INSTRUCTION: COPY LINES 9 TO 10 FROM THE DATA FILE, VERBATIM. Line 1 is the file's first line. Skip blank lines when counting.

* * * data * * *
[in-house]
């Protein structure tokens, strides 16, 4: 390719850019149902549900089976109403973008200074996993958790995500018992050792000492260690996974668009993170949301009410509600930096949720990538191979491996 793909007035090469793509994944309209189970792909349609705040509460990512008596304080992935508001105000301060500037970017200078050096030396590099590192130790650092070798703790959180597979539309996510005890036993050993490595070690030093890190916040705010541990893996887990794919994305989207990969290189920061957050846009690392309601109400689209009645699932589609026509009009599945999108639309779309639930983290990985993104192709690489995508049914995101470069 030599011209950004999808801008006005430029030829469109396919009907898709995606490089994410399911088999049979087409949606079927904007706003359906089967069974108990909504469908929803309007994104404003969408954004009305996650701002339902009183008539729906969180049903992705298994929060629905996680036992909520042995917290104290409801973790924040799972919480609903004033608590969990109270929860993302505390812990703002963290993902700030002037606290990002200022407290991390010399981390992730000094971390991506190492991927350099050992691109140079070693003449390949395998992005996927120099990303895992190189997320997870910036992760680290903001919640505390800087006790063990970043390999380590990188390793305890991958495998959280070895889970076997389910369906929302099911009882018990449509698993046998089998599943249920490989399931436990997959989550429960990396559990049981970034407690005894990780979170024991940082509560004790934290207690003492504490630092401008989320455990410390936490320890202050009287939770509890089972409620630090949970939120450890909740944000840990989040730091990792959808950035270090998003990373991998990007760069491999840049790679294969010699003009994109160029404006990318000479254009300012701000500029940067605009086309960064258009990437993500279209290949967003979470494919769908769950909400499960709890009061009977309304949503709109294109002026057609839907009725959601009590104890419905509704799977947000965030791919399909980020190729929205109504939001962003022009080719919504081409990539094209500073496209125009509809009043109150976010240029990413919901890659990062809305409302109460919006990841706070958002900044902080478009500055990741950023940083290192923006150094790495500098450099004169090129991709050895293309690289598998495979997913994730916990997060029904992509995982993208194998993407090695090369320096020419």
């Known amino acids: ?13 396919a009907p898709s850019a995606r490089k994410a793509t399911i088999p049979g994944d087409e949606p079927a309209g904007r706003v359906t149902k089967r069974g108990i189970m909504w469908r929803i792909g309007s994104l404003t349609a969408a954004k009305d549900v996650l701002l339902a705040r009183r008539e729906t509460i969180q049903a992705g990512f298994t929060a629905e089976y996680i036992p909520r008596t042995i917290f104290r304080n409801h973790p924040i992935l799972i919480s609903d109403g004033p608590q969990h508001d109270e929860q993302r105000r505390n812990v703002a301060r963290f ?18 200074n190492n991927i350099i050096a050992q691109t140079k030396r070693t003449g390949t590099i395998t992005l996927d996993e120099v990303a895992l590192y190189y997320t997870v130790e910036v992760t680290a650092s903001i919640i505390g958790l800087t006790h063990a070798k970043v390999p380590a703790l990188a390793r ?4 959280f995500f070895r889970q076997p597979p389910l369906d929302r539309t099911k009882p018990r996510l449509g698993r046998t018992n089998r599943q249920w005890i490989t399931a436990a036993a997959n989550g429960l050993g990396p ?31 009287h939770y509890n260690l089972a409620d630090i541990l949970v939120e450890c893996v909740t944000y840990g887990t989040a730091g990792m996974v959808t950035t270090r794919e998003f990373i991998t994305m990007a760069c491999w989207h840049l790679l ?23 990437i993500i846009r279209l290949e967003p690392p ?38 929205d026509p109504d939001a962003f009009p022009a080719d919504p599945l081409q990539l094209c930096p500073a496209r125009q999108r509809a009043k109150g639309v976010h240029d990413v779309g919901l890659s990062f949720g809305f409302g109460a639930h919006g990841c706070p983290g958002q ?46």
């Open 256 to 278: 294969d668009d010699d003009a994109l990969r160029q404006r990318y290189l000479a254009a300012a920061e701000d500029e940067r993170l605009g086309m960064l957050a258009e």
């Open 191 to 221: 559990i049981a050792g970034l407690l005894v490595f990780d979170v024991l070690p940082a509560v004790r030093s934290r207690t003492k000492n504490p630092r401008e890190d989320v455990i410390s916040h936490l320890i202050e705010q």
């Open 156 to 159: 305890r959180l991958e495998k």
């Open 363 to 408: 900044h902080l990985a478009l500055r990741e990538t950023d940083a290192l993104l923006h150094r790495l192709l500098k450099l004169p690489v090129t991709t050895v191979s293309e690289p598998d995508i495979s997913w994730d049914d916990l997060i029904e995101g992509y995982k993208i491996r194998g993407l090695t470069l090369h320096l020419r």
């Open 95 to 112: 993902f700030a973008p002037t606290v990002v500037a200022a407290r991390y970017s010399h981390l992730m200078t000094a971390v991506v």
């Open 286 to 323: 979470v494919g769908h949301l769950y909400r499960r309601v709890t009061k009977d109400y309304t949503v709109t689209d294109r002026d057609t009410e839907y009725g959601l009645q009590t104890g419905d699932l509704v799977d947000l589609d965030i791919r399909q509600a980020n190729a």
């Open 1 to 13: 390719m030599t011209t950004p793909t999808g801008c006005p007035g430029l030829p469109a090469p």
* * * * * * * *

């Open 286 to 323: 979470v494919g769908h949301l769950y909400r499960r309601v709890t009061k009977d109400y309304t949503v709109t689209d294109r002026d057609t009410e839907y009725g959601l009645q009590t104890g419905d699932l509704v799977d947000l589609d965030i791919r399909q509600a980020n190729a």
């Open 1 to 13: 390719m030599t011209t950004p793909t999808g801008c006005p007035g430029l030829p469109a090469p």